FRIDAY, MARCH 18, 2011
Only our imaginations limit what we will collect. Antiques, jewelry, stamps and figurines make up some of the most common special property an insurance agent sees, and for this type of property there are specific considerations.
The homeowners policy is designed to provide coverage for the average policyholder because not everyone owns expensive paintings or jewelry. The homeowners policy sets limits on certain types of property that fall outside the normal needs of the average policyholder. For instance, porperty such as jewelry, stamps and precious metals have minimal limits of coverage. These limits can be found in your policy in a section titled "special limits on certain property."
Antiques present a special situation. When you have a loss to personal property, the homeowners policy pays the depreciated value of the damaged item until it is actually replaced. How do you replace an antique with exactly the same item? You can't. Antiques are very unique and require special coverage considerations.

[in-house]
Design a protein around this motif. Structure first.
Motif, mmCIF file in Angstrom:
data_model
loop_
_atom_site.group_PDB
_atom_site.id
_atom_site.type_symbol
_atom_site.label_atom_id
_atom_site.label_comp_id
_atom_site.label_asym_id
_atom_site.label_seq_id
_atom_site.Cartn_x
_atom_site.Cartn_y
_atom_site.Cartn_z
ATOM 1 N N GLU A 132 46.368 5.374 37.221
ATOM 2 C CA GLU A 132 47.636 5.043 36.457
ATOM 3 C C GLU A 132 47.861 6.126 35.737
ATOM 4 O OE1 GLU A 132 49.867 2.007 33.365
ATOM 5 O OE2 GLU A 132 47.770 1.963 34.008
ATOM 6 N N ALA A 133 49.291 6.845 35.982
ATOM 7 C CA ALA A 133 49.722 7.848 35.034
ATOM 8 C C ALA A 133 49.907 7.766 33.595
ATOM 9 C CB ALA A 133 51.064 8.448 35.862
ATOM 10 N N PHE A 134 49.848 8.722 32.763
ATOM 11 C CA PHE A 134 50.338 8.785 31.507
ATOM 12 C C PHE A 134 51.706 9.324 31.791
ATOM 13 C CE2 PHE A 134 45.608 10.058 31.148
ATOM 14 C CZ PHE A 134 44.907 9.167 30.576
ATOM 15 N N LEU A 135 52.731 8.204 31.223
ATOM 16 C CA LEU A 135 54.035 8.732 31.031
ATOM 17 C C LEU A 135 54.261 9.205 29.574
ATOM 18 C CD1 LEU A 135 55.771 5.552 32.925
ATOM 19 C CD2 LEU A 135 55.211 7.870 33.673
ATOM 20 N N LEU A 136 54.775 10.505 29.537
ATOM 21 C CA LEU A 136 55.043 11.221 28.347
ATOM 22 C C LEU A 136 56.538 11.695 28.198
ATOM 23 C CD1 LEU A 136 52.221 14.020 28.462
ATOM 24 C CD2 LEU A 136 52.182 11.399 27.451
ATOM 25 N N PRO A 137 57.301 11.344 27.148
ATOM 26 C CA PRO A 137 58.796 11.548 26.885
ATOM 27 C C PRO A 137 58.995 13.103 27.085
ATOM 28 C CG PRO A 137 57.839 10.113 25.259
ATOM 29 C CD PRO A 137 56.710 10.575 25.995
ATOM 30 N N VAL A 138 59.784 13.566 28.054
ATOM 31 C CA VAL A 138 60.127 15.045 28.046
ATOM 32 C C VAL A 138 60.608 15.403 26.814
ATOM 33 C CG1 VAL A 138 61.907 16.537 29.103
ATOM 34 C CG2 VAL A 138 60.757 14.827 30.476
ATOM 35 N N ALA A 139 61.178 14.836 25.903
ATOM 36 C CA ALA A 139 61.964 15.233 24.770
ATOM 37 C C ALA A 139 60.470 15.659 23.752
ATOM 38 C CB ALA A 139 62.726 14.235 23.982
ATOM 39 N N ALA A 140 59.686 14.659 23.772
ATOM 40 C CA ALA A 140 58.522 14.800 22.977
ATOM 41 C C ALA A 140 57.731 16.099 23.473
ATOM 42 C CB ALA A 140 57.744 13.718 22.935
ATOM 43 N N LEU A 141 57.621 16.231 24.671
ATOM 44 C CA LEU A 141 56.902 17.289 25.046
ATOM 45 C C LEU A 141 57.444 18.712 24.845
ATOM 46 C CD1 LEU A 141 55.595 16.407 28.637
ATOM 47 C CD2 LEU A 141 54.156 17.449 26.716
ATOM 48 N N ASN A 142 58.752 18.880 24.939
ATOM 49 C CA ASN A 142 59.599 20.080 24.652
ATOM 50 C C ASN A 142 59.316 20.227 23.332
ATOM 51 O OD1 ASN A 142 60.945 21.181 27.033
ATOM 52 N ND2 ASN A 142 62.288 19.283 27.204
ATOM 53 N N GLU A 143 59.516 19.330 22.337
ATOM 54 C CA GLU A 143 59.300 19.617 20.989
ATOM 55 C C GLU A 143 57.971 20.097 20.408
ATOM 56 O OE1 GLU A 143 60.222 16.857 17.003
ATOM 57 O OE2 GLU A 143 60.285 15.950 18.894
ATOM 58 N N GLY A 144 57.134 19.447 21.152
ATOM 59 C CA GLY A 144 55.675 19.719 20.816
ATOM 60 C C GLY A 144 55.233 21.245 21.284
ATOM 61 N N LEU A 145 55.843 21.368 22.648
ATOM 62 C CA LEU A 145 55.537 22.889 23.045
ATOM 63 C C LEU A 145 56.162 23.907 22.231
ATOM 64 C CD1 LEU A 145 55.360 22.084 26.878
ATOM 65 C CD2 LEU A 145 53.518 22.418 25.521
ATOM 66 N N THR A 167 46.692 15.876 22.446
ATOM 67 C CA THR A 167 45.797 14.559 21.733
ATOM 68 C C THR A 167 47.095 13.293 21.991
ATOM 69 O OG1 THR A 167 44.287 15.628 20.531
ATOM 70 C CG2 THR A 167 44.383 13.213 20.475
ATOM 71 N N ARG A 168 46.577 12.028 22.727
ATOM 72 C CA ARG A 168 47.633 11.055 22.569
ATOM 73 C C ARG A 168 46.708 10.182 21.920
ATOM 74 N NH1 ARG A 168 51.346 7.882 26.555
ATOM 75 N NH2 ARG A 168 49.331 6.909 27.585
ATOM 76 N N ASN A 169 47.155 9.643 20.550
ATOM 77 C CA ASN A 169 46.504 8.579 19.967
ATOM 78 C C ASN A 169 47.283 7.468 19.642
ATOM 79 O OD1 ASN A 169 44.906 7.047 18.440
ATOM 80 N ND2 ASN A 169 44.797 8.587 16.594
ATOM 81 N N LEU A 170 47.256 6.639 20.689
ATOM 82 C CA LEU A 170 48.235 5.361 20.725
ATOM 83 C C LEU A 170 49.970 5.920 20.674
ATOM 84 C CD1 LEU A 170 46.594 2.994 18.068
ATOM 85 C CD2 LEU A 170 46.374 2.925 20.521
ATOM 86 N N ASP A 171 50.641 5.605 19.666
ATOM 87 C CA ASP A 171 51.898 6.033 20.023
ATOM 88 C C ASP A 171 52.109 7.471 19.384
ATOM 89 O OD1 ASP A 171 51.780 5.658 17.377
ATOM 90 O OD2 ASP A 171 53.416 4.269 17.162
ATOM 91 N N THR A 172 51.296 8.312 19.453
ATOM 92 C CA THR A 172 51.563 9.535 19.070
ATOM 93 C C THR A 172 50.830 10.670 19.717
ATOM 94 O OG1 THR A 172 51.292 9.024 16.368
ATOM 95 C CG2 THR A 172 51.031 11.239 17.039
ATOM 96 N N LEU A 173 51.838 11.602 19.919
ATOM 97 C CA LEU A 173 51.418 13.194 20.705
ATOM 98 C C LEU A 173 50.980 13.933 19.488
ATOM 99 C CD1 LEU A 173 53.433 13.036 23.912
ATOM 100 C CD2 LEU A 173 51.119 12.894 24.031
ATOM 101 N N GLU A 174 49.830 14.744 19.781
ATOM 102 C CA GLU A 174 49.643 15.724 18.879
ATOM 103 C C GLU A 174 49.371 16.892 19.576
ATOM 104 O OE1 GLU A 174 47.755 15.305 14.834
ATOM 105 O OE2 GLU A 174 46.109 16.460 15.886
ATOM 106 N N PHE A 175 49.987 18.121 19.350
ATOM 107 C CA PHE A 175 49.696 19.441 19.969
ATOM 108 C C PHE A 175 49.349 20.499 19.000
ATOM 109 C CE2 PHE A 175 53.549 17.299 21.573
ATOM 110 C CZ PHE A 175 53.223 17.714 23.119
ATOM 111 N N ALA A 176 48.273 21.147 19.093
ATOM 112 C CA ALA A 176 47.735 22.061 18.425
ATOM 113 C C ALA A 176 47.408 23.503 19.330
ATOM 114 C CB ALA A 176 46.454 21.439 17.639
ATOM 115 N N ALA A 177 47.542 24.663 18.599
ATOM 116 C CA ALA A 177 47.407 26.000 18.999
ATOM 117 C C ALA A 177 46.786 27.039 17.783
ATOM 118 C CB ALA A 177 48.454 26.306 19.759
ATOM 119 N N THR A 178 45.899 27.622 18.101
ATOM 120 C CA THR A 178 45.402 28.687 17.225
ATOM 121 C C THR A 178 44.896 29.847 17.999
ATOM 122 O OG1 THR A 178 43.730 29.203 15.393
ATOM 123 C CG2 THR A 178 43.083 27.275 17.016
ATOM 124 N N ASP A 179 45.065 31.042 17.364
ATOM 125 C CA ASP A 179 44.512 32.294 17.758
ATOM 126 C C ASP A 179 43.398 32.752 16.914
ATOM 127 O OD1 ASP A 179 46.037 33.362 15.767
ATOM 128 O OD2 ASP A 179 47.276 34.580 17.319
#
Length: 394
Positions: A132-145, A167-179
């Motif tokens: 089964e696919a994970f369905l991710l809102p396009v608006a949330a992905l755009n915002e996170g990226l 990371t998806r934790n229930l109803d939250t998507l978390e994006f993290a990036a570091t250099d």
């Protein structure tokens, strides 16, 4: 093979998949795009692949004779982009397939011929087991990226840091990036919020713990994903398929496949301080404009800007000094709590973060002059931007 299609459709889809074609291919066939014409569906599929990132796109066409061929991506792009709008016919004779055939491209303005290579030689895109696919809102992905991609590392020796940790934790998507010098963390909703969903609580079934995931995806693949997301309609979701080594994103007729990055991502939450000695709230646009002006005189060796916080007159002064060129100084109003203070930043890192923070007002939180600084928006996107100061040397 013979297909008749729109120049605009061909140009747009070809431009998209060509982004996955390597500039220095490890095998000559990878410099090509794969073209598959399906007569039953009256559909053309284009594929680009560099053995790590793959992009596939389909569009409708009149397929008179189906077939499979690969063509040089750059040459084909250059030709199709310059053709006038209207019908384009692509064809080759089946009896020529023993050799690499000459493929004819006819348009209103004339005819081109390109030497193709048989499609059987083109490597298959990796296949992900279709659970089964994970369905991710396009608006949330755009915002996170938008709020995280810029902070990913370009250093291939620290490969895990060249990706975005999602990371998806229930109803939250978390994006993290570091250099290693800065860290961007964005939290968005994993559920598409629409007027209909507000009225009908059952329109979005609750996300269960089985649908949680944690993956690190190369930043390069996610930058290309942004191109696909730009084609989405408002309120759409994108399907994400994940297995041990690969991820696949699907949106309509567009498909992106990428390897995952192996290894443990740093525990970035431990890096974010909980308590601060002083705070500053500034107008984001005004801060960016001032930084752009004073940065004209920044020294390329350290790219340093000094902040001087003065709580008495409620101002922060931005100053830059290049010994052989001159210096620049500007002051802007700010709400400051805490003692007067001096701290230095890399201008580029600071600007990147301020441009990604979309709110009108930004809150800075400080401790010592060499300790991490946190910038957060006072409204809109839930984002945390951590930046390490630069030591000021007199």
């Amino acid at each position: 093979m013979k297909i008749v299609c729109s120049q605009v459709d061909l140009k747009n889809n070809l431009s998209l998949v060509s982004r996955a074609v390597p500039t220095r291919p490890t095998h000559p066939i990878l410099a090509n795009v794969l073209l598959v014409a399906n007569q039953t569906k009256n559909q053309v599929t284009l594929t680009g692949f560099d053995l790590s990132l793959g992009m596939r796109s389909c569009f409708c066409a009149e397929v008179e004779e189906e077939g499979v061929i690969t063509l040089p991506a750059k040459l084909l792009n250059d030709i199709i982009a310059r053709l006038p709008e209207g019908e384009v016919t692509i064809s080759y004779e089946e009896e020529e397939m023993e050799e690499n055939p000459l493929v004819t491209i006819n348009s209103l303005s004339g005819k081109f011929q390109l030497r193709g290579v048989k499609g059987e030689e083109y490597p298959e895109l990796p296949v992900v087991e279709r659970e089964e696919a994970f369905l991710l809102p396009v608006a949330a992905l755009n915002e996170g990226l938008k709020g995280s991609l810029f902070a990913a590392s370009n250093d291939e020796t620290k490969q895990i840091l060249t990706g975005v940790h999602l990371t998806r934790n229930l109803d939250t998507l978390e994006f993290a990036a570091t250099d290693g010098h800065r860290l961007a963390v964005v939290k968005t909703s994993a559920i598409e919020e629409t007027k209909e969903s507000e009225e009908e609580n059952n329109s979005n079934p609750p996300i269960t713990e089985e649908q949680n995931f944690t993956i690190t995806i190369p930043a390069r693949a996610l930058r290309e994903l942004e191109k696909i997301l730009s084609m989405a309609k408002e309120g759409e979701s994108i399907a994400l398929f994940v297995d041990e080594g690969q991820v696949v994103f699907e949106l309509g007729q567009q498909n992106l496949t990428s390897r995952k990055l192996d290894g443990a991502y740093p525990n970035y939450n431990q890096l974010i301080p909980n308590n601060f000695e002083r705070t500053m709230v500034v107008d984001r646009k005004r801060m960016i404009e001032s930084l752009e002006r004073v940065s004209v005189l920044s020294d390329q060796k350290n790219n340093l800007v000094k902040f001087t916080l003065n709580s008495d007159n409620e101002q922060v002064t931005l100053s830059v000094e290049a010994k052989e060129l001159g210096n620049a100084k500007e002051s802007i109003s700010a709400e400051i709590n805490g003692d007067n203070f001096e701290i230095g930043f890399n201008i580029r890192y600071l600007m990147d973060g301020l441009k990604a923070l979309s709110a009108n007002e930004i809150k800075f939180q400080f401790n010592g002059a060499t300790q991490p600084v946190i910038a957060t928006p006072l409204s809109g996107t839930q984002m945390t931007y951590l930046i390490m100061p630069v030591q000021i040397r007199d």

There is an answer for all these coverage concerns. If made aware of the need, we can add a rider to your policy for handling these types of issues. If you were to look down and see that your $5,000 engagement ring is missing, and you have no idea what happened, there would be no coverage under the homeowners policy since it provides coverage for personal property for specific perils, and mysterious disappearance, is not a covered peril. Not only does the scheduled personal property floater provide special limits for your unique property, it also usually provides much broader perils such as mysterious disappearance. The personal property floater provides coverage on a nearly all-risk basis. If you had that ring scheduled on a personal property floater, there would be coverage.
Posted 2:47 PM